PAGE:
Knowing when to call for help when your child gets hurt or ill
Will a four-hour first aid course make me useful in a family crisis?
How many times has this happened? You wake in the night to a child crying with a temperature. You check for a rash, you gauge their responses as best you can. You wish you knew more. Should you call the doctor or not?
The next day your eight-year-old stunt rider rolls into the kitchen, bleeding from a cut to the head he suffered after attempting to jump over his two sisters on his BMX from a ramp he fashioned out of lino and pieces of discarded plyboard.
You examine the size of the gash and wish you had more than a dusty Band Aid and a bottle of Calpol in the emergency box. Again you wonder. Do you need to head to casualty and spend six hours there to be told he needs only a steri-strip?
Worse, your child collapses, unconscious, and you don’t know why. In a blind panic you ring for an ambulance, are assured one will be with you in a matter of minutes and you should try to remain calm while you wait.
But what can you do to help your child while you wait? How can you be expected to be calm if you feel helpless?
To remedy that fear I attended a paediatric first aid course being offered by the Irish Red Cross. In advance I was told the four main modules to be covered by the four-hour basic course were: an introduction to paediatric first aid; CPR and choking in infants and children; treating burns and ingestion of poison; and dealing with medical conditions specific to infants.
Fantastic. Although my own two are no longer infants, dealing with their ailments when they were that age had frightened me more than anything else. I was looking forward to learning how to be at least partly capable in the face of the next illness or accident assault they would make on me. For once, I might be able to help.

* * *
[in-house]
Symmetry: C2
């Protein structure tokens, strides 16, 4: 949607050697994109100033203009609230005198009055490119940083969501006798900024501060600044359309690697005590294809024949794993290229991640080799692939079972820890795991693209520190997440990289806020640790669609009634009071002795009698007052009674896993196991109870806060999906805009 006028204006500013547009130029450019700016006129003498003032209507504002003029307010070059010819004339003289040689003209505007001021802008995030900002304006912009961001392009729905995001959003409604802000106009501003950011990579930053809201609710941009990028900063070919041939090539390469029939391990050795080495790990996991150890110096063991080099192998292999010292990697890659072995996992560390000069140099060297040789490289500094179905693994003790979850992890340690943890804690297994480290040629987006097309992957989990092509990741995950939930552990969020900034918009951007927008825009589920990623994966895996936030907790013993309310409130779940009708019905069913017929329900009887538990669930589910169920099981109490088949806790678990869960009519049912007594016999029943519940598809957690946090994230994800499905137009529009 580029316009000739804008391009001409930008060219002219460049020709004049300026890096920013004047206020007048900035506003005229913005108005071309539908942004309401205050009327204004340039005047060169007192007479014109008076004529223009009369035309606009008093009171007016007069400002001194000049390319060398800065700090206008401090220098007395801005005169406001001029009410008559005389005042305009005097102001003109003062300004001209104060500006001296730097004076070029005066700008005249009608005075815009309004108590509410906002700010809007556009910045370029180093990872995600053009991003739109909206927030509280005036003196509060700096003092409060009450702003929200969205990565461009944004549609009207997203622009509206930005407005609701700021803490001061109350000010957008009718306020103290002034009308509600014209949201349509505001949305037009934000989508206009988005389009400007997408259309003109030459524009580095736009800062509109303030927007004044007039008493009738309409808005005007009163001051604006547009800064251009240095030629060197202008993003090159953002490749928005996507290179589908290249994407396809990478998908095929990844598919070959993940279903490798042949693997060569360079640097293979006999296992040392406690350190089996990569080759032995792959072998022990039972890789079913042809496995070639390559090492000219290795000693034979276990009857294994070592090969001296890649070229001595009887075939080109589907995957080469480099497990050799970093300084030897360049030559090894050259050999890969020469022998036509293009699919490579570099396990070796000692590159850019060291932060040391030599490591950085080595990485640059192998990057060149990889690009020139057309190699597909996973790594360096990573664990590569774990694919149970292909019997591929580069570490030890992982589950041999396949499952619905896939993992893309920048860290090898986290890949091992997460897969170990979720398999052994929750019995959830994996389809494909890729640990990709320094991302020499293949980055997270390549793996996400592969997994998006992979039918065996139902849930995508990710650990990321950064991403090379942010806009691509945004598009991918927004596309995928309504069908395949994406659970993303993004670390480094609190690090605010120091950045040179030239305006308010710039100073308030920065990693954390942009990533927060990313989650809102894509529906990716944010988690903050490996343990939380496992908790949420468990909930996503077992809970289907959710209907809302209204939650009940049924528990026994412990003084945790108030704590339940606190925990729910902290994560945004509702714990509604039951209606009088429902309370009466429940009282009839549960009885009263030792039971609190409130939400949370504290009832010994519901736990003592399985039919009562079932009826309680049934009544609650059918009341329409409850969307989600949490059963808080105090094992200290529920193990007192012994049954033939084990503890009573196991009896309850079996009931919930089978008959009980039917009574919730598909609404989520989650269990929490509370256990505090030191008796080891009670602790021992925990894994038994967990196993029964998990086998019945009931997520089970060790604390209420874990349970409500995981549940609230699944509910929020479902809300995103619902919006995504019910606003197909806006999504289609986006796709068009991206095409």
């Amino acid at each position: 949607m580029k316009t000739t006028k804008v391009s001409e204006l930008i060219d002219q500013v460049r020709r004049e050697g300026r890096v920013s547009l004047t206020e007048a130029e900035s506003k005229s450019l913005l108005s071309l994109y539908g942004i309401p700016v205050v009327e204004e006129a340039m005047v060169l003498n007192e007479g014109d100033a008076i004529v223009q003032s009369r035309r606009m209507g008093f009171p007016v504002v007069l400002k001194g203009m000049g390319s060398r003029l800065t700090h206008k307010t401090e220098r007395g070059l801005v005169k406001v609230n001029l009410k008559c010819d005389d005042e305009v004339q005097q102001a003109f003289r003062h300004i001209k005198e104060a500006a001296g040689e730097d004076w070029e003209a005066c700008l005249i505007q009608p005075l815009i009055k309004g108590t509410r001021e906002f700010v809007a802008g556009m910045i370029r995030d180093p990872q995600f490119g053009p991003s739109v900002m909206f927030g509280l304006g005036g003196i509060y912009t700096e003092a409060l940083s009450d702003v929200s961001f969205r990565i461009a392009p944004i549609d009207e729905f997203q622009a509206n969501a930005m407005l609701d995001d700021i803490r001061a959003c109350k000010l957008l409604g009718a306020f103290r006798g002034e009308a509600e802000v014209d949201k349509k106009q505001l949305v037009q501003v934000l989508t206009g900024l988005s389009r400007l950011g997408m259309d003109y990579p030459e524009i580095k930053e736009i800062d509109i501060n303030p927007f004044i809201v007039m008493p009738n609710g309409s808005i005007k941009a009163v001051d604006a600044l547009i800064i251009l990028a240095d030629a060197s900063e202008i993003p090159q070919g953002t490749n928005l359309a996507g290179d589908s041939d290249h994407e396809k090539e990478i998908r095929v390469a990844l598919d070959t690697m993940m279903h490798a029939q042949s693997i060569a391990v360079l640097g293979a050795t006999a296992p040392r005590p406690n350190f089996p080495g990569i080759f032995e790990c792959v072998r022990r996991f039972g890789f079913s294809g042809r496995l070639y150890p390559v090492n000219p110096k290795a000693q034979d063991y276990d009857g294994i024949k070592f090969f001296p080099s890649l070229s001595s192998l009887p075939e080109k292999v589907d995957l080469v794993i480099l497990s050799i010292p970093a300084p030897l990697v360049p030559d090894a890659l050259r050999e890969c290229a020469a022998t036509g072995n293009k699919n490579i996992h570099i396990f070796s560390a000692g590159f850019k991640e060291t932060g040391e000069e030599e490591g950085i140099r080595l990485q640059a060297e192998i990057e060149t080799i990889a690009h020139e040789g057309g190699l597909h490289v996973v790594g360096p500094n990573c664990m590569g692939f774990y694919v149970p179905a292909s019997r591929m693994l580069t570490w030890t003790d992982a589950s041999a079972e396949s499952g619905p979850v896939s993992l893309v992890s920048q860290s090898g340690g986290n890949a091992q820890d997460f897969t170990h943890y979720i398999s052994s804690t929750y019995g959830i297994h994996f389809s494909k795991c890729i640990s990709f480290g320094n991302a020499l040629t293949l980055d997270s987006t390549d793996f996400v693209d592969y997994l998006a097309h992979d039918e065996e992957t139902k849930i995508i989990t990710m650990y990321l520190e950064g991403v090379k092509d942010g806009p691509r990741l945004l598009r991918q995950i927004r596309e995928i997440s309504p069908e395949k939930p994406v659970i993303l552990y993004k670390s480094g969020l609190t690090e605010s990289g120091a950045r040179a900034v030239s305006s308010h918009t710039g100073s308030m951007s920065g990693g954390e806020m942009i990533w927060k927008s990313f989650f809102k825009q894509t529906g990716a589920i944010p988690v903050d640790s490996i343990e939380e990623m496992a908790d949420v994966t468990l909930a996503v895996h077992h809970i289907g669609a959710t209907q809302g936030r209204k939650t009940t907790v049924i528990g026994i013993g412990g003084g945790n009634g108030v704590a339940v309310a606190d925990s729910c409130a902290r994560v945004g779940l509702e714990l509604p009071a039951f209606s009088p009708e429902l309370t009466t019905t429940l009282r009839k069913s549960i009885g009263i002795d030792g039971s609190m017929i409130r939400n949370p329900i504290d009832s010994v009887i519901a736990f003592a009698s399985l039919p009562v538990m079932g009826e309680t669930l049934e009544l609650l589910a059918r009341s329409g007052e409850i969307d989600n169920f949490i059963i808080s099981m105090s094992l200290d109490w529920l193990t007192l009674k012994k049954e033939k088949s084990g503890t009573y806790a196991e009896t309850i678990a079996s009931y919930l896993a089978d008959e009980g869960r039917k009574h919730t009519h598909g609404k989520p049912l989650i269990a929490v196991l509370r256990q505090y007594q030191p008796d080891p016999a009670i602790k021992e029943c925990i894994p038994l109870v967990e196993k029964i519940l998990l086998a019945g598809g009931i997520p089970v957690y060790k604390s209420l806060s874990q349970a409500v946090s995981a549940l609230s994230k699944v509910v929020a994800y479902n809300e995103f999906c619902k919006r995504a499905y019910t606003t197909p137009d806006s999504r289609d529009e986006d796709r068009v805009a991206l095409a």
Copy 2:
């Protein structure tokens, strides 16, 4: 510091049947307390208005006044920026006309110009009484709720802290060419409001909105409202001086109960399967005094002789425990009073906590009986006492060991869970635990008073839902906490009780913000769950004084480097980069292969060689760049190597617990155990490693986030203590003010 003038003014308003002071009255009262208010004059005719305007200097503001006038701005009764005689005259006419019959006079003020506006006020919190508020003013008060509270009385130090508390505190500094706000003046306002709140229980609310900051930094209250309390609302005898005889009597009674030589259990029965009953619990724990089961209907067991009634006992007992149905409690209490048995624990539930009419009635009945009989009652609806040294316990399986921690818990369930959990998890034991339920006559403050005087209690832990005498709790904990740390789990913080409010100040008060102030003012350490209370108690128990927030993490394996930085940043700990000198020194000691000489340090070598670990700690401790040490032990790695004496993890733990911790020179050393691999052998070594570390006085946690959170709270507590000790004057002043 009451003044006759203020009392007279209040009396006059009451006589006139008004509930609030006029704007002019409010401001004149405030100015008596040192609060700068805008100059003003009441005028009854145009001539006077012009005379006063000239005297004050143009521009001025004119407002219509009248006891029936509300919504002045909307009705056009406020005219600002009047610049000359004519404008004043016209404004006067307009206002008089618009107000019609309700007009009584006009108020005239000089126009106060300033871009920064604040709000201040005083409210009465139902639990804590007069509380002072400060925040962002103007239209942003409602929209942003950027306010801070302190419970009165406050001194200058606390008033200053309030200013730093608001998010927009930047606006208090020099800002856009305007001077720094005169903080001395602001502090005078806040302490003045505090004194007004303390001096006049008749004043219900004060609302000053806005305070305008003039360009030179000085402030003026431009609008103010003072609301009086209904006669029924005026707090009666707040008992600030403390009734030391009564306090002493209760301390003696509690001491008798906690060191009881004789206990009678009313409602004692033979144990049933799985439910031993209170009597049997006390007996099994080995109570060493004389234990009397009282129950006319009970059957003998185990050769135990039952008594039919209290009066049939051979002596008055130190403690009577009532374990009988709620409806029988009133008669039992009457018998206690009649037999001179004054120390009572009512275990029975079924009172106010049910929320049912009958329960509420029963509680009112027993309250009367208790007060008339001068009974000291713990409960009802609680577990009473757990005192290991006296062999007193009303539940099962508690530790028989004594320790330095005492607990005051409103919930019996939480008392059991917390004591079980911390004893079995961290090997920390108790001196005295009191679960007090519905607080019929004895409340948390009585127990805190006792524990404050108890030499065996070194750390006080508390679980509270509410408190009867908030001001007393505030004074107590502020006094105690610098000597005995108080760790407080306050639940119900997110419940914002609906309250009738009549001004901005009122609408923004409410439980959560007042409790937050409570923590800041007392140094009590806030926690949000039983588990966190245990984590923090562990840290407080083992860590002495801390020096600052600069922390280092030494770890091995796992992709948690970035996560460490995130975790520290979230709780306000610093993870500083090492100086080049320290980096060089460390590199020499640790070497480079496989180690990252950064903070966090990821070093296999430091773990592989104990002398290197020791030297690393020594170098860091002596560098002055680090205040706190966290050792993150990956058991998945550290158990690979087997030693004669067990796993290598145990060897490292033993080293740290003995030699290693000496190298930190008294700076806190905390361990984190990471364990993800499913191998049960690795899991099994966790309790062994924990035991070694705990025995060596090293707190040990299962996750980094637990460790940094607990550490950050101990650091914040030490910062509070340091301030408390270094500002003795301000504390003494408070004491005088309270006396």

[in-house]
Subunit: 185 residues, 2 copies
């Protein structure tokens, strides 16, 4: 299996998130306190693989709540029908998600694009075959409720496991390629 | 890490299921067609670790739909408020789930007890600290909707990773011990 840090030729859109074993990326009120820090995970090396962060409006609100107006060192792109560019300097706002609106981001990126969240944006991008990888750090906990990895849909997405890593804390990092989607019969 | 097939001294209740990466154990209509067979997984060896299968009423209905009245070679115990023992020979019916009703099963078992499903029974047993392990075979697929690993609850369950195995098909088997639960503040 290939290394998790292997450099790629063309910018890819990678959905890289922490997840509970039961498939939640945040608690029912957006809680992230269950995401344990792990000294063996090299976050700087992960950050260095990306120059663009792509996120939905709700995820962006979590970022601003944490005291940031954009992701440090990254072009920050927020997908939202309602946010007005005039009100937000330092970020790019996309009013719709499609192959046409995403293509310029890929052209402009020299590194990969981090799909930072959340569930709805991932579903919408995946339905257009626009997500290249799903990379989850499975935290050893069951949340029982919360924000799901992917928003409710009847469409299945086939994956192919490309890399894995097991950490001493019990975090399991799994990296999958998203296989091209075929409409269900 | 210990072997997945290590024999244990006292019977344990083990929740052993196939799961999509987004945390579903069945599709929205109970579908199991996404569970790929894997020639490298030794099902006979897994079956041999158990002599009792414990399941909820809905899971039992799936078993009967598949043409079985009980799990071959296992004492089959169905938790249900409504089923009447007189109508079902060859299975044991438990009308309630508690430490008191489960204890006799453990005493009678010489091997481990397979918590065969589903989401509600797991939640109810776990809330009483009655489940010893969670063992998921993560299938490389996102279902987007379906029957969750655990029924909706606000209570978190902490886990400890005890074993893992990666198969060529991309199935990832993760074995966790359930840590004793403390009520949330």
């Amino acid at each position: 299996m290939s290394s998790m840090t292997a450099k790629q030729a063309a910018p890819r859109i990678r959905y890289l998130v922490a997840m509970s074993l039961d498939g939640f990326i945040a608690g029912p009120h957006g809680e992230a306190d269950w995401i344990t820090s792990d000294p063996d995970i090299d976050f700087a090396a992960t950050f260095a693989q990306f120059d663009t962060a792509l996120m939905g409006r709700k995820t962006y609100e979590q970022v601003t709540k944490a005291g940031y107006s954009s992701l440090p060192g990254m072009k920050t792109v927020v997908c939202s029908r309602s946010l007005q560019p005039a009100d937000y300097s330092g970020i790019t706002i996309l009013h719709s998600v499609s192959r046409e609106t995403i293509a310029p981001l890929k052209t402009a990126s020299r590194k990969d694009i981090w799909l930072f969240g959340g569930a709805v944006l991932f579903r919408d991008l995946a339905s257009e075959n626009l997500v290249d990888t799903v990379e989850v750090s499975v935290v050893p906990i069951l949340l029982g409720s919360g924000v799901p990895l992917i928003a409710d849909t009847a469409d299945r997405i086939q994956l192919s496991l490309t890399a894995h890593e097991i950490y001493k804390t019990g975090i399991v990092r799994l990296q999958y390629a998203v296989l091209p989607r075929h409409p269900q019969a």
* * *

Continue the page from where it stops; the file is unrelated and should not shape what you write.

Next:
Unfortunately, the course I attended was under-subscribed. Myself and Marie Scott, a former Naval Service member and mother of two girls, who seemed determined to show me up by having a fair idea what she was doing from the start, were the only two to report for duty with Kevin O’Donnell, a veteran volunteer with the Red Cross and a commercial first aid instructor.
“Only two,” he lamented, “Ah well, we’ll crash on. We’ll probably get through everything far quicker than we usually do.”
There he was wrong. Probably the only major flaw in the course is that it tries to cover more than is feasible in a mere four hours. We spent so much time getting to grips with treating burns, recognising the different types of burns, removing blockages obstructing airways, and performing CPR on infants and children, that we didn’t get to discuss particular illnesses kids and infants are prone to. By that, I mean febrile convulsions, mumps and recognising symptoms of meningitis.
In reality, to cover the whole content we would have needed at least a full day.
However, I can now be called on to offer help in certain emergencies. I know never to apply soap or fat to a burn, and that I should allow a burn to blister and not puncture that blister. I can recognise the difference between a partial and total obstruction when a child is choking. I can perform a couple of moves (back blows and abdominal thrusts) to remove the offending blockage.
I also know, and this I think is crucial, that those thrusts and blows need to be pretty vigorous. There’s no point in worrying about bruising or a potential broken rib when the alternative might be the child’s death. You have to be careful and deliberate, but also confident in what you’re doing. All this O’Donnell got across to us in a succinct and entertaining manner.
I also brought up my fear of phoning the ambulance service. How sick or injured should a child be before you dial 999? The health service is struggling, no parent wants to waste valuable, life-critical services for what might turn out to be a splinter in a finger.
His words: “You’re never wrong to call an ambulance. A parent knows when their child really is sick. If the thought crosses your mind that you may have to call emergency services, the chances are the situation is serious. Don’t be afraid, call for help.
“Be detailed and accurate in providing your information to the operator, and in the time you’re waiting, use the skills you’ve learned to make the child comfortable. It’s our job to help, so let us do that.”